from Glenn Nelson with hoopgurlz.com and espn.com
Recently I said there was nothing politically correct about college recruiting. With the way things are going this spring, I may have to eat my words.
The high rate of transfers in women’s collegiate basketball is an alarming trend.
Today, more than ever, college programs and coaches are beginning to embrace the concept of recycling. Unfortunately, what’s being recycled isn’t really doing much for the environment. Transferring schools is becoming an acceptable way of life and unhappy players are becoming the latest renewable resource.
It doesn’t take advanced math to see that transfers have evolved into another class of recruits along with high school and junior college athletes. While there’s no official listing or means of tracking the number of players taking a roster detour, just a quick glance at a few major conferences should confirm that these days when the going gets tough … the tough get going — out the door.
One ACC program has three leaving. A Big East school is losing three from the same class. One Big 12 member has two packing their bags and six athletes who began the season on one Pac-10 roster will finish their eligibility in street clothes or wearing somebody else’s colors. That’s just four schools and there are 341 more Division I programs to consider.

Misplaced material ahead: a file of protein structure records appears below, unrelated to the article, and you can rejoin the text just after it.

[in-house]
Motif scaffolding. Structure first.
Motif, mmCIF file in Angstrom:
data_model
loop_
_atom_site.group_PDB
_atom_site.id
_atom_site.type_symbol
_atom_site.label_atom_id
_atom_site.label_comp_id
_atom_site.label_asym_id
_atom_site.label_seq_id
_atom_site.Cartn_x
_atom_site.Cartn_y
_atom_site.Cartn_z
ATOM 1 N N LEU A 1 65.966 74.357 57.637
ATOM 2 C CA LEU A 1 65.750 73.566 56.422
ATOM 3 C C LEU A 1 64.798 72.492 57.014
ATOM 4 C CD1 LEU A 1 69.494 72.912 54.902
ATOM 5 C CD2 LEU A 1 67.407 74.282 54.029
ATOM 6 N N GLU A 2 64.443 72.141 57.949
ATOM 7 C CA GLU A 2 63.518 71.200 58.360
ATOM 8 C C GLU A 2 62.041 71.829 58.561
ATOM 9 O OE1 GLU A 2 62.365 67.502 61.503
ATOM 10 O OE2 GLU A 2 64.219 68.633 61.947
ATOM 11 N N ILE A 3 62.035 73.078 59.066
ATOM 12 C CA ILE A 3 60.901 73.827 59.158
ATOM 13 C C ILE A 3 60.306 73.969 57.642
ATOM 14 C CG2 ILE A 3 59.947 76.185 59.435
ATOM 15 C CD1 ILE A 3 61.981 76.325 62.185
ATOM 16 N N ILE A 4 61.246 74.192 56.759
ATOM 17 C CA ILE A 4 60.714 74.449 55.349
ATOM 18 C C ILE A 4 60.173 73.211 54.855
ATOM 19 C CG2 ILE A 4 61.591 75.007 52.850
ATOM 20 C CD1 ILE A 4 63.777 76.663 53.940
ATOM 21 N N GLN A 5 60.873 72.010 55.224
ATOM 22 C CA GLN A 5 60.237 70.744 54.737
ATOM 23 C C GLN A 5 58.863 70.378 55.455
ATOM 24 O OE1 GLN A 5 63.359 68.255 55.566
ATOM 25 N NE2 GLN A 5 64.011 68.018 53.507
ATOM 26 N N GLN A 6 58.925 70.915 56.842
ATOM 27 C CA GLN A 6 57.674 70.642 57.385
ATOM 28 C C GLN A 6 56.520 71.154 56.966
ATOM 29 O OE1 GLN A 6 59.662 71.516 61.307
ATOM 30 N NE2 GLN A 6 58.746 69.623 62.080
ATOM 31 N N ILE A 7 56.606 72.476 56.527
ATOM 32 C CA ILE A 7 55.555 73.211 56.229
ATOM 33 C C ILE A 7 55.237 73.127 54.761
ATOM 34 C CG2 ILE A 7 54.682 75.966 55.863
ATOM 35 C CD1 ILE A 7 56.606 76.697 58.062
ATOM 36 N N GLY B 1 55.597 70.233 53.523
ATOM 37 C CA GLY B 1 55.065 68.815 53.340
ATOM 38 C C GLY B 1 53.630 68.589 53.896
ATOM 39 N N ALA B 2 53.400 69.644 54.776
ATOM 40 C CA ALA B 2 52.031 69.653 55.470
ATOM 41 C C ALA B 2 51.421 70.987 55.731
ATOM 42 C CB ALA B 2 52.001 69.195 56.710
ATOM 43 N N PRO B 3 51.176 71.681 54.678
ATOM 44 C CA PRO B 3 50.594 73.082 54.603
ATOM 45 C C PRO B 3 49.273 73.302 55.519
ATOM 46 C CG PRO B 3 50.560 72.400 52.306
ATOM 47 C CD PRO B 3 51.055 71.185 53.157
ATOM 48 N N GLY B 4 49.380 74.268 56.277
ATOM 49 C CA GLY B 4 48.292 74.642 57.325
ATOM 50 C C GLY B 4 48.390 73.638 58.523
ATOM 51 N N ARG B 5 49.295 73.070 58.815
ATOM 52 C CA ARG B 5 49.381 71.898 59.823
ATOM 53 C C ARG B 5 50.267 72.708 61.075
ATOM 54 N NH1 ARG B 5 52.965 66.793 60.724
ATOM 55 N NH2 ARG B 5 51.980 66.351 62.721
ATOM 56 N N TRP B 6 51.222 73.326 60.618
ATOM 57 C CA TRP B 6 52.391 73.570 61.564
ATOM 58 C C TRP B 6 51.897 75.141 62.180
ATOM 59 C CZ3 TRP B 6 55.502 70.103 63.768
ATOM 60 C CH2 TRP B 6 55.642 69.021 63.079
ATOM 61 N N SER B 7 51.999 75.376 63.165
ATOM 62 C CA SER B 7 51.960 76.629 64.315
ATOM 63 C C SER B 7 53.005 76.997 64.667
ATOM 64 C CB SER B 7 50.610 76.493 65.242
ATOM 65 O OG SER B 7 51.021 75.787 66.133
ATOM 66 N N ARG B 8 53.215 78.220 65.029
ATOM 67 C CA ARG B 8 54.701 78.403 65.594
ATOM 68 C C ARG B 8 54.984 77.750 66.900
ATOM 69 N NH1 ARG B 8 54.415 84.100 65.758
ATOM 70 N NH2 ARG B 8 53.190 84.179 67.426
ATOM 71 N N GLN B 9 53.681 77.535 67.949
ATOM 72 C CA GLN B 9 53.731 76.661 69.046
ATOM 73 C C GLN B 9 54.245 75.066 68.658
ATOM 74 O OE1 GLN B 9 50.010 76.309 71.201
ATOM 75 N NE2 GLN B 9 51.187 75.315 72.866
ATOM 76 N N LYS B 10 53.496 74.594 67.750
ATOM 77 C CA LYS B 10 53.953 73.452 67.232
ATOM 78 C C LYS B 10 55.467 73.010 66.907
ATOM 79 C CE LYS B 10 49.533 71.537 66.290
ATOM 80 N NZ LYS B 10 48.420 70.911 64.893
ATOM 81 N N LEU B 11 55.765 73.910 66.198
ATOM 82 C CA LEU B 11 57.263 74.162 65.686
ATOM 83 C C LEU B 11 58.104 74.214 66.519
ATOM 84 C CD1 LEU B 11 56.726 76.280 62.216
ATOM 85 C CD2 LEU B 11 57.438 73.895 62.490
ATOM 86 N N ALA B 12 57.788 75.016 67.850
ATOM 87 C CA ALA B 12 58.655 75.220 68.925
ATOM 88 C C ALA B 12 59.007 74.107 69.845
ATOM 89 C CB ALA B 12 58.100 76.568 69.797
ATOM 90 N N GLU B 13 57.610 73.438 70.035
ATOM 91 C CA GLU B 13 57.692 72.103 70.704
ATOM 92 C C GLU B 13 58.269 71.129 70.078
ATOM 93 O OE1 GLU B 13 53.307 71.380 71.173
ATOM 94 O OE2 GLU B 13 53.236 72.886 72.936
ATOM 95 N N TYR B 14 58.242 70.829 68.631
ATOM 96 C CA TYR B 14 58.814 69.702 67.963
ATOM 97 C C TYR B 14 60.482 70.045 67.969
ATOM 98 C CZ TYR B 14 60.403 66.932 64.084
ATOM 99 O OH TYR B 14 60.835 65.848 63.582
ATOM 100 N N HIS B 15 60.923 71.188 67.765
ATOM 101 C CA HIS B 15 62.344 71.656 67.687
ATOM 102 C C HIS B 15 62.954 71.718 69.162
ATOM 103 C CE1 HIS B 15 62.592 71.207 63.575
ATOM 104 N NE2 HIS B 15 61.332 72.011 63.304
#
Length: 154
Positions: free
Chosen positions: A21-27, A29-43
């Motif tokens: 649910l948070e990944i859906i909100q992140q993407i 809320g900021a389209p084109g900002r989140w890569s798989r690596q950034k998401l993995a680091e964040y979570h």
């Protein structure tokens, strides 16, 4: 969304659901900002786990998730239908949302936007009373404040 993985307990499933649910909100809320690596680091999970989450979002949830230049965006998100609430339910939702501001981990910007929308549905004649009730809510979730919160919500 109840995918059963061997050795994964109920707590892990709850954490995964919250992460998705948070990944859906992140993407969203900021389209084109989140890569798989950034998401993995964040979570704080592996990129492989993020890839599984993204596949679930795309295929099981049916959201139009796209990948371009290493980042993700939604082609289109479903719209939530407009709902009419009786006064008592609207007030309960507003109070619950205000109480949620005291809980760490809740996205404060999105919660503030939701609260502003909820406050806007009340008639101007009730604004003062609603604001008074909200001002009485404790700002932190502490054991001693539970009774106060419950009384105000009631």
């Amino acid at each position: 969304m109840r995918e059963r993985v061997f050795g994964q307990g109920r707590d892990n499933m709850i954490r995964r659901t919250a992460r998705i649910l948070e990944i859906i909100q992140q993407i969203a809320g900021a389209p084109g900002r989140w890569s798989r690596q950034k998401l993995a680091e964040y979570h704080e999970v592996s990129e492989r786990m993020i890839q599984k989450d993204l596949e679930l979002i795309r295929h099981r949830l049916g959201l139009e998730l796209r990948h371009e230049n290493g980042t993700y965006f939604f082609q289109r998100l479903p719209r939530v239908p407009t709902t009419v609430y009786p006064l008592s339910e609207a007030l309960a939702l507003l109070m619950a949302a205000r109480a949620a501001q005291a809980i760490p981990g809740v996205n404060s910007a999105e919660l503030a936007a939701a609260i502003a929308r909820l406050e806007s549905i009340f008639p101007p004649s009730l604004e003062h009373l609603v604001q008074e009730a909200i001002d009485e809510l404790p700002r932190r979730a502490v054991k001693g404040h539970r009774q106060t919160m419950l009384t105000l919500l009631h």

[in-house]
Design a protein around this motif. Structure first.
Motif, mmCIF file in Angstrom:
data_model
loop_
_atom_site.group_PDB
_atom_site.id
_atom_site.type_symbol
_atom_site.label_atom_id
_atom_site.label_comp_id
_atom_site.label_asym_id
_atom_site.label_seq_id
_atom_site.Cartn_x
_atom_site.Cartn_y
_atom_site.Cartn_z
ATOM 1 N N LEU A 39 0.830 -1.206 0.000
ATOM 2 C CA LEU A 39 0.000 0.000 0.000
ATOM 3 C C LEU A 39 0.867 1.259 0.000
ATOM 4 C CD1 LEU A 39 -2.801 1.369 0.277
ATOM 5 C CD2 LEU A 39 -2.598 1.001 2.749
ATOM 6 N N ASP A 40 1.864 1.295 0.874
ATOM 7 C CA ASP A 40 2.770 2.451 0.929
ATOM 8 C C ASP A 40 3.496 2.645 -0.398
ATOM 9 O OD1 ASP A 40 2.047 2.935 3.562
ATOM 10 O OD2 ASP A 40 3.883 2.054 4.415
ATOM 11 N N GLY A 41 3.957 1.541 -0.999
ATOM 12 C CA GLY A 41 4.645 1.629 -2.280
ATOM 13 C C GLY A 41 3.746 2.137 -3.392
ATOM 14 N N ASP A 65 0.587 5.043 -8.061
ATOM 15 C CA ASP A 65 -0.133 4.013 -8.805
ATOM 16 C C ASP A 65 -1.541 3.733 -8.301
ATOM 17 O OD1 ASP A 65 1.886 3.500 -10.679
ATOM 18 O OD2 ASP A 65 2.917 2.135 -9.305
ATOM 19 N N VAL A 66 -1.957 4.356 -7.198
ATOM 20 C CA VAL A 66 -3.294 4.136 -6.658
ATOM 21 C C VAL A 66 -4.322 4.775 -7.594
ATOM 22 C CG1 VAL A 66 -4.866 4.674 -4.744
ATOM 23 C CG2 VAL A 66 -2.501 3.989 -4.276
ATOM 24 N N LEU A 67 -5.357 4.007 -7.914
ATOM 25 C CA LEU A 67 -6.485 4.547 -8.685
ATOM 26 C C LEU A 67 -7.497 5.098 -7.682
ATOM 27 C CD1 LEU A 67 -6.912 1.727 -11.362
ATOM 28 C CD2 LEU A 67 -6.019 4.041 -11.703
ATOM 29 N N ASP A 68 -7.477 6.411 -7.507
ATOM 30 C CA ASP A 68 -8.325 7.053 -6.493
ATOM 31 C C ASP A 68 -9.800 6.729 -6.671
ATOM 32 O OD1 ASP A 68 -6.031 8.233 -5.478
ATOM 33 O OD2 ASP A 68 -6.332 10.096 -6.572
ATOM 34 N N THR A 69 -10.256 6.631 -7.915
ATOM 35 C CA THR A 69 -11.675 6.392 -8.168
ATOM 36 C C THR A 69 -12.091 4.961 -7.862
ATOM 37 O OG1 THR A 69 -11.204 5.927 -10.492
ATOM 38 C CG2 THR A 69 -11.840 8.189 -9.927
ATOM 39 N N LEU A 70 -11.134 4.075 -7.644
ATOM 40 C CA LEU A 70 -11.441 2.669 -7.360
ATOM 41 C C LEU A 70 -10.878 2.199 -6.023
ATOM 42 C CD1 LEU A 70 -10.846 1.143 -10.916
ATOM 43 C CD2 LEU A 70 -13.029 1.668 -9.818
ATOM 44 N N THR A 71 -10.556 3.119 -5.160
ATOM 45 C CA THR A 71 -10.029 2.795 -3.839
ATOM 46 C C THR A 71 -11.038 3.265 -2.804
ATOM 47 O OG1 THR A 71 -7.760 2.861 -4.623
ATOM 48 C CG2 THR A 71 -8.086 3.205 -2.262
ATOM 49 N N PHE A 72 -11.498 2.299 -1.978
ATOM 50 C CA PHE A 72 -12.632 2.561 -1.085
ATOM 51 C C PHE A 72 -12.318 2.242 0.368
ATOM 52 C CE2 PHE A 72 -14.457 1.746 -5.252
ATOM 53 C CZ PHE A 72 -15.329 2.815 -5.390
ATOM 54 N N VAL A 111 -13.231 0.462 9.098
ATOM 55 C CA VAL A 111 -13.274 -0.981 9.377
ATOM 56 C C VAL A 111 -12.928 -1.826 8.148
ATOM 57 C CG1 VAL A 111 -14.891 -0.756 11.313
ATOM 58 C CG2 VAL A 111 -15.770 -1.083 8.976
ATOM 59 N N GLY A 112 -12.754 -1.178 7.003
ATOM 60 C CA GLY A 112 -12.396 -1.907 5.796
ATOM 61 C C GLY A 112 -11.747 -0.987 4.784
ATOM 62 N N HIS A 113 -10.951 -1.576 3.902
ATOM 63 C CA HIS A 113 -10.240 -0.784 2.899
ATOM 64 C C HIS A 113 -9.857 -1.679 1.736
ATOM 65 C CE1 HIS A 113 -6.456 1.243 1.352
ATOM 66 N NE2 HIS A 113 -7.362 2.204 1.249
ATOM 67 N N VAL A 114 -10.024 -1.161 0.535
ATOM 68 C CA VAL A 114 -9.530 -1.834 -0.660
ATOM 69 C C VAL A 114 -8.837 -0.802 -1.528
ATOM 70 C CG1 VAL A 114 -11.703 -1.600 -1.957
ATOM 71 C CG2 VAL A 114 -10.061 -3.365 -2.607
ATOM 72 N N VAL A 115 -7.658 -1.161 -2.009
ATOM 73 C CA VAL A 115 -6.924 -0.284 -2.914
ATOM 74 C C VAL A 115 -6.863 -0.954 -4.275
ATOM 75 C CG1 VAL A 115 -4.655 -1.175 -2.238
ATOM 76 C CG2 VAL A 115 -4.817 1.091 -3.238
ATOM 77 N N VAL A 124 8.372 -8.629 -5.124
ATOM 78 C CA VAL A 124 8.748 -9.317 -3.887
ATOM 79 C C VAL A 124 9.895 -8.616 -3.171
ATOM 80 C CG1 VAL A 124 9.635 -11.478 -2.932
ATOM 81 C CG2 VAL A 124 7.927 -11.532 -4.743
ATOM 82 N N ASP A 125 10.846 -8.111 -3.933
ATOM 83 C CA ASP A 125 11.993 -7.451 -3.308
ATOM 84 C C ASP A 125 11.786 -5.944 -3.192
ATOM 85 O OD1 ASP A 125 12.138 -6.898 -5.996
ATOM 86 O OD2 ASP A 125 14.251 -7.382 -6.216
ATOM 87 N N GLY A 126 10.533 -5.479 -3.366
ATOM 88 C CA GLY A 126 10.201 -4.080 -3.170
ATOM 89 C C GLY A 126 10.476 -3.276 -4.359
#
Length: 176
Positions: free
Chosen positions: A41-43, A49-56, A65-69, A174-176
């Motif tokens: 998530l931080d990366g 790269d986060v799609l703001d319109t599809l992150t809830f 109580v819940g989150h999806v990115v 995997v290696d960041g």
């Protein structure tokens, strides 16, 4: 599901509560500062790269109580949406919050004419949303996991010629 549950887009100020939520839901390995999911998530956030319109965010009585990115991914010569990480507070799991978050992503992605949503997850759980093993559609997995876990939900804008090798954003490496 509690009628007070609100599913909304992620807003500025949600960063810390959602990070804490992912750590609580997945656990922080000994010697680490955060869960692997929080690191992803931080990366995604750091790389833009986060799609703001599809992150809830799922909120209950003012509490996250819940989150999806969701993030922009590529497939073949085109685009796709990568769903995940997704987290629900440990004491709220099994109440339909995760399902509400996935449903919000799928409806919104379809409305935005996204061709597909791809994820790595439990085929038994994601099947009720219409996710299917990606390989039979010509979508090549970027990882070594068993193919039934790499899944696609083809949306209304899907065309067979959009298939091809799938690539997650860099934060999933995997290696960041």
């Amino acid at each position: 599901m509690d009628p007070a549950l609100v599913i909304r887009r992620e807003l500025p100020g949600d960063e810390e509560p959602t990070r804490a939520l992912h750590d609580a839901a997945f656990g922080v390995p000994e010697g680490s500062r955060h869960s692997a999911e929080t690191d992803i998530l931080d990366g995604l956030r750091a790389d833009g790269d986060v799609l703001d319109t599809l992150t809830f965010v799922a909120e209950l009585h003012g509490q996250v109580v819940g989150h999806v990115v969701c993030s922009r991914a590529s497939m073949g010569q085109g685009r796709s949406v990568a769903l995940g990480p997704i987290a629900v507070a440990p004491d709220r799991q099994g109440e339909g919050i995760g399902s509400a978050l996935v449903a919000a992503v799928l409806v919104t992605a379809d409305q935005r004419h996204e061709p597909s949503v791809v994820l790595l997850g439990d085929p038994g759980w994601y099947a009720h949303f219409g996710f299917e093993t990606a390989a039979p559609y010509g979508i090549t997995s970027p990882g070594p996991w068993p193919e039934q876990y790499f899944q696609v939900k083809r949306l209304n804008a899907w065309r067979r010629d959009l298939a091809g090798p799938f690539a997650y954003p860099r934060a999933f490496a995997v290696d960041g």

Several former coaching colleagues who are monitoring all the releases granted told me that there are in excess of 100 transfers this year. One estimated the number as high as 170. It is a census year; maybe the government can help us out with this one. Regardless of the actual number, it’s too high.
It’s not hard to figure out where a lot of the early exits come from. When you have athletes making commitments before even entering their junior year in high school and circumventing a large majority of the recruiting process, then illusions and reality are eventually bound to clash. With a minimal amount of contact and maybe an unofficial visit or two used as the basis for a personal, academic and basketball decision, you have commitments being made to a sales pitch, concept and image rather than a well researched fit and relationship.
Even some of the players who go further through the process are still letting their emotions or excitement lead them to a program or level of play that inevitably will find them on the bench instead of the floor achieving the vision they dreamed of. A realistic self-concept, both personally and as an athlete, is critical in separating the options that will provide the best chance for achieving success and ultimate happiness from the ones that could lead to a second round of recruiting somewhere down the line. Just because the offer comes from a perennial tournament program or a major conference member doesn’t mean you have to say yes. It’s too important to let ego and vanity steer your choice.